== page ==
The content of a tactile book depends on the child’s age, disability, level of development and experience.
In books for very young children, it is important to strictly follow certain rules; as the child grows and his/her experience increases, it will be possible to “break” these rules in some cases.


  • it must be robust;
  • it must have rigid pages (cardboard or fabric), with rounded corners;
  • the binding must allow the pages to be opened horizontally for tactile exploration of each page and to properly close the book;
  • the text must be in large print 16 pt. and in Braille;
  • the text must always be on the pages on the same side (always on the left or always on the right page) and the same for the illustrations;
  • the page format varies according to the age of the child; for the little ones, pages of 15x15cm then 20×20, then 25×25, then 21×29.7, as the child grows and his exploration skills increase;
  • the number of pages also depends on the age of the child; you can start with a few pages (5-6) and gradually increase the number;
  • a base line at the bottom of each page helps the child orient the book.


  • it must be completely safe: avoid sharp objects, toxic materials, small objects which could come off and be swallowed, long ribbons, etc., which could strangle. Use strong, safe and sanitary materials that are firmly attached to the pages;
  • for the first books:
  • use only one small object per page or several objects of the same type;
  • use real objects on the page and gradually move on to object representations, then to stories and situations;
  • it can be useful to attach objects with Velcro® to allow the child to feel the object in the book, but also to extract it, explore it and recognize it as a real object (this facilitates the transition from reality to representation in the book);
  • illustrations must be relevant, clear and simple,
  • stories should be simple enough to be easily understood. At the beginning, images and stories must relate to everyday life and reality, then we can introduce the imaginary and later abstract ideas;
  • avoid too many details on the page;
  • illustrations should encourage manipulation, be interesting and allow interaction;
  • the illustrations must relate to an essential part of the story and complement the text;
  • use multi-sensory materials that stimulate not only touch but also hearing, smell and residual sight if necessary;
  • take into account good contrasts between objects and between objects and the page background. Reflective materials can be very useful but some partially sighted children are embarrassed by anything that dazzles;
  • watch out for the strong contrasts of the tactile sensations and of the different textures;
  • use different textures to represent different parts of an object;
  • make sure the details are easily identifiable;
  • leave sufficient space between two elements on the page;
  • avoid overlapping (element on top of another which partially hides it);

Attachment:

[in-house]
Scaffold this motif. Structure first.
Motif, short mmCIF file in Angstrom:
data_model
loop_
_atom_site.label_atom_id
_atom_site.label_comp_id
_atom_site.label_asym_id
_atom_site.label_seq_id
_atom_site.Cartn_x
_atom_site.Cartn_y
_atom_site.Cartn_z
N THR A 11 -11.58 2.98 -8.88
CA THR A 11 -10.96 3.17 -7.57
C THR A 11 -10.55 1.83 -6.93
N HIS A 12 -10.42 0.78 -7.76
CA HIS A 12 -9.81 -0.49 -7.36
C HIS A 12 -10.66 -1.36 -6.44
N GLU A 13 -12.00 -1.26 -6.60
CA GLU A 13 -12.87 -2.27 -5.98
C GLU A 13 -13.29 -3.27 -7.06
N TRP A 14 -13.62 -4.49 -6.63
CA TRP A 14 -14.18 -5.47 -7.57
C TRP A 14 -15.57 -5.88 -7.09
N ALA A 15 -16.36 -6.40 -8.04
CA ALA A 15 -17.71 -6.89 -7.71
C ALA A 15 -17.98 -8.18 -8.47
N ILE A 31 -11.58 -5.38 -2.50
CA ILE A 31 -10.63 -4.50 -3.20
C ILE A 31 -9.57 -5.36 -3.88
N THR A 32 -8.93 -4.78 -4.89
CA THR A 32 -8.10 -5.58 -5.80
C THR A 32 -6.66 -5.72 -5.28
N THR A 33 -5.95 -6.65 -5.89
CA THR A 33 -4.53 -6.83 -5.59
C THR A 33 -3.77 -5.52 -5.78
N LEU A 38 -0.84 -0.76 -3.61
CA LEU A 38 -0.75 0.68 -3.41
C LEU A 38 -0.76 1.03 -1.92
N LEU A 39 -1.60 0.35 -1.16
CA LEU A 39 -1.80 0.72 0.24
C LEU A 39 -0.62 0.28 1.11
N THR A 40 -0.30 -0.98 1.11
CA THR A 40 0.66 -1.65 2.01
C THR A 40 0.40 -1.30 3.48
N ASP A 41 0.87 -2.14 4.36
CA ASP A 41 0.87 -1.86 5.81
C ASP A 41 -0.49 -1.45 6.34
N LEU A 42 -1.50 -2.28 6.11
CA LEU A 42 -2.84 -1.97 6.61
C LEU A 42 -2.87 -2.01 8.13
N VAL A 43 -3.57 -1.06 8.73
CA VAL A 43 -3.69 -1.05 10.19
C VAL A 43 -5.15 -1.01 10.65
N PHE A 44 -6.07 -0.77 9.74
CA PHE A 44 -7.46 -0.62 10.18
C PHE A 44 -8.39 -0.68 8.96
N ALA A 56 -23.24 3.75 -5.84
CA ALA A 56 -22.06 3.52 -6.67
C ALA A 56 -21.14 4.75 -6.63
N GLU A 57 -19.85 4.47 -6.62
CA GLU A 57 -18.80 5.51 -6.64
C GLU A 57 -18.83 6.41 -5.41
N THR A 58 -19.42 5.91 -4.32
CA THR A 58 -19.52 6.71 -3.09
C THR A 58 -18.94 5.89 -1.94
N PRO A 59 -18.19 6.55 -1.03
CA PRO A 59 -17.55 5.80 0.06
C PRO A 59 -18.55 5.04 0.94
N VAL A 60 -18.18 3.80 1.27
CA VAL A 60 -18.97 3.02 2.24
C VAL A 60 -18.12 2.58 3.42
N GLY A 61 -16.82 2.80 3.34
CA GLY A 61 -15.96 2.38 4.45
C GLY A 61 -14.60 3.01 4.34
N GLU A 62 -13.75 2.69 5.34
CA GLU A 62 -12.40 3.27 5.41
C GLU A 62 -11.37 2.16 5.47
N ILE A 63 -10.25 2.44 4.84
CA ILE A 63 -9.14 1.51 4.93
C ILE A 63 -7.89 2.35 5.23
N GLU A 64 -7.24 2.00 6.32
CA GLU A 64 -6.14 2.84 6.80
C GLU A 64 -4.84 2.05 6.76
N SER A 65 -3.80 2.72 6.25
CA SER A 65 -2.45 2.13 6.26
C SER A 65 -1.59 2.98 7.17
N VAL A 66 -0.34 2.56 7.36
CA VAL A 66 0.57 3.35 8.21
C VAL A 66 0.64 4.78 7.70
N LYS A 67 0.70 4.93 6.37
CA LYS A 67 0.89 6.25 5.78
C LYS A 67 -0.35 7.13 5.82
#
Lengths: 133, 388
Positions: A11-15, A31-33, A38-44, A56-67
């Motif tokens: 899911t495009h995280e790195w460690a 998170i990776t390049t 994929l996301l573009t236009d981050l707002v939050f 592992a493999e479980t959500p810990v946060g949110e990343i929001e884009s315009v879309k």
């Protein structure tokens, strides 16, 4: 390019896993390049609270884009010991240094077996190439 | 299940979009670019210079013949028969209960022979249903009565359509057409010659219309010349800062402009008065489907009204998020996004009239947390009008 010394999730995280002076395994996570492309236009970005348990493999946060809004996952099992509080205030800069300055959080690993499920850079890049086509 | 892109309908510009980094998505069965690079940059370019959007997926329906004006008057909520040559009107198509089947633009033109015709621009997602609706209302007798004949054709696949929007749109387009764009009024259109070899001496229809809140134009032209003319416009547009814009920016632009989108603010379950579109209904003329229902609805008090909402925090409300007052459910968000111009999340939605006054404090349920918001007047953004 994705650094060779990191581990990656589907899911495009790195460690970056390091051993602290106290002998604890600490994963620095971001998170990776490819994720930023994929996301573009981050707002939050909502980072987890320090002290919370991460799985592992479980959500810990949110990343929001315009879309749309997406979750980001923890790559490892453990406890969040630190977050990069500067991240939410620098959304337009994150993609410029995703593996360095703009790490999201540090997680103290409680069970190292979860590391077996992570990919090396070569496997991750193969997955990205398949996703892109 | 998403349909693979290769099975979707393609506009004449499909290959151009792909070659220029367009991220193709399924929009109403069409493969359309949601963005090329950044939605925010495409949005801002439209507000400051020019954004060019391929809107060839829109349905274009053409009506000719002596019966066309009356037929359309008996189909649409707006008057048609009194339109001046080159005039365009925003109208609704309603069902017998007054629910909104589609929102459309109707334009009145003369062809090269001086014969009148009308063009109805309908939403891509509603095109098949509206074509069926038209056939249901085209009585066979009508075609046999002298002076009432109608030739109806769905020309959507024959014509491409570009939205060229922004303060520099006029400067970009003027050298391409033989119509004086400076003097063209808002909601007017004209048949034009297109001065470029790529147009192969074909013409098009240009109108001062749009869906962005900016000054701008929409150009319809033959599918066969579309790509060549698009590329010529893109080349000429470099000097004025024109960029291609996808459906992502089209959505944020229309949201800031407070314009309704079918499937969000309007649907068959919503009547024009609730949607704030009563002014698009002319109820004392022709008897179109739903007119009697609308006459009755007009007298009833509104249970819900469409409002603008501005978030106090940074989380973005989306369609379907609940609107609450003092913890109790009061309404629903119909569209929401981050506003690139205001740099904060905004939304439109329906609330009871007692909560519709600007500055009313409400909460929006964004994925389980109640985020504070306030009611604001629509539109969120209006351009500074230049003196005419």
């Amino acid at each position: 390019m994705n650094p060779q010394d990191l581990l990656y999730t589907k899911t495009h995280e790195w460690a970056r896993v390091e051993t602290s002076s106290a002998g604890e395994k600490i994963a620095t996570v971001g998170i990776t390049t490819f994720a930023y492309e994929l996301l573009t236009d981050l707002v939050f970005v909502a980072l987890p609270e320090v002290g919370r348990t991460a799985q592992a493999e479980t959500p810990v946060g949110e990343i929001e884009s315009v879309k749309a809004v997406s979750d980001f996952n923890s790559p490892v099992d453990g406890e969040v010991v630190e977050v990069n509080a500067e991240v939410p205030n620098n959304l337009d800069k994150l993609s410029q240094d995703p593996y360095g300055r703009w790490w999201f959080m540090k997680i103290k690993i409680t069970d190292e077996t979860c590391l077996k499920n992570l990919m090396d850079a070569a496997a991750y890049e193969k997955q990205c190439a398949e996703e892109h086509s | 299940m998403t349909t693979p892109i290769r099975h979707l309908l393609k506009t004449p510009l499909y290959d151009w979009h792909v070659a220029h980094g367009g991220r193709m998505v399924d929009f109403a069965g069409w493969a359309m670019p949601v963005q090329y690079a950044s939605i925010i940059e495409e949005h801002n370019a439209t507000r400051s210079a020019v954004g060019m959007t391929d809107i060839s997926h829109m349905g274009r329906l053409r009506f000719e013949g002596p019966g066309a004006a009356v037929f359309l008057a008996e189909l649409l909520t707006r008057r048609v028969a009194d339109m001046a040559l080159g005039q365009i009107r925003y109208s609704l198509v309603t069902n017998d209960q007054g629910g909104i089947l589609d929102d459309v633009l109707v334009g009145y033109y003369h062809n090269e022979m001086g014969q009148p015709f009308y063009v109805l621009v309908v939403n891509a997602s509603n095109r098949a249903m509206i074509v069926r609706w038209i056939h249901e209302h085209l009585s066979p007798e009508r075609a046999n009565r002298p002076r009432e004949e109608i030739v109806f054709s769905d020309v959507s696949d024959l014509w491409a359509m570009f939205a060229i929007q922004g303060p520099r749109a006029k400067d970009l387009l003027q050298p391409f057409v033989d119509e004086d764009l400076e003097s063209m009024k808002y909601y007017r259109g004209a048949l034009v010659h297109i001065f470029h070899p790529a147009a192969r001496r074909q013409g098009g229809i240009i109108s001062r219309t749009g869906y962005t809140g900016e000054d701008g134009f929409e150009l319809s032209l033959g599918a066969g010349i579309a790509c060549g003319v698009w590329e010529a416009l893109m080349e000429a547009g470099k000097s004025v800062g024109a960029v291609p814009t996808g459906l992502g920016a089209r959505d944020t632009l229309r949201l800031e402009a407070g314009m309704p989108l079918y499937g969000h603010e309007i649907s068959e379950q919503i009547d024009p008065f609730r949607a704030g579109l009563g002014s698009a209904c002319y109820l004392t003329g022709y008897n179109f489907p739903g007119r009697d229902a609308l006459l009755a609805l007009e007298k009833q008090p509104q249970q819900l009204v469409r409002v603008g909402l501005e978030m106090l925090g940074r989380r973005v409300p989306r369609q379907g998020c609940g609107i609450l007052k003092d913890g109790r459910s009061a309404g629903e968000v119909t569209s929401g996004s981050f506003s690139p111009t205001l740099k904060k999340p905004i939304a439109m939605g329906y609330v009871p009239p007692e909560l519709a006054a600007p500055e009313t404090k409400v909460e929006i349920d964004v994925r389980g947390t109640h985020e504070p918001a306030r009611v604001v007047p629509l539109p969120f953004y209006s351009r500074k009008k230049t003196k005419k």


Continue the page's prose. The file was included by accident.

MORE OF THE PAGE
• respect proportions and avoid perspective;
  • the human figures are best represented from the front, while the animals must be represented in profile (with 4 legs);
  • if a character appears more than once in the story, he must keep the same characteristics;
  • the thickness of the materials glued on the pages must have a minimum height of 1mm.


To be accessible, the text of your tactile book must be written :

  • in raised Braille,
  • in black (i.e. in ordinary writing as opposed to Braille) with a sans serif font (e.g. Luciole, Arial, Tahoma, Verdana, etc.) and in large type (minimum size 16).

The accessibility of the text of your tactile book is an important point: some T&T partners organise a jury including blind people. They will be able to read your tactile book independently. If you need advice on how to lay out the text and print it, contact the T&T partner in your country. They will be able to provide you with technical resources and even contacts for embossing Braille in relief.


The Typhlo and Tactus Guide to Children Books with Tactile Illustrations” (Les Doigts Qui Rêvent, Philippe Claudet)

The largest international panorama concerning Tactile Illustrated Books for Visually Impaired Children:

  • 428 pages
  • 19 countries involved
  • 22 contributors
  • color photos
  • international bibliography
  • website contacts

The articles of all these professionals in the field have in common a pioneering side as well as an immense motivation. They gave you here everything they knew, exposed their practice without any reservation, generously, in order to break the isolation of all the authors and producers of tactile illustrated books in the world and especially in emerging countries, convinced that these blind and partially sighted children have the right to books, to access to culture, to the immense pleasure of reading for full citizenship. This T&T Guide reflects the “Tactus spirit”. It is published in French and in English and distributed by Les Doigts Qui Rêvent in the Corpus collection.


The “RESOURCES” section of Les Doigts Qui Rêvent website

This page
also includes advice, experiences of mediation with visually impaired children.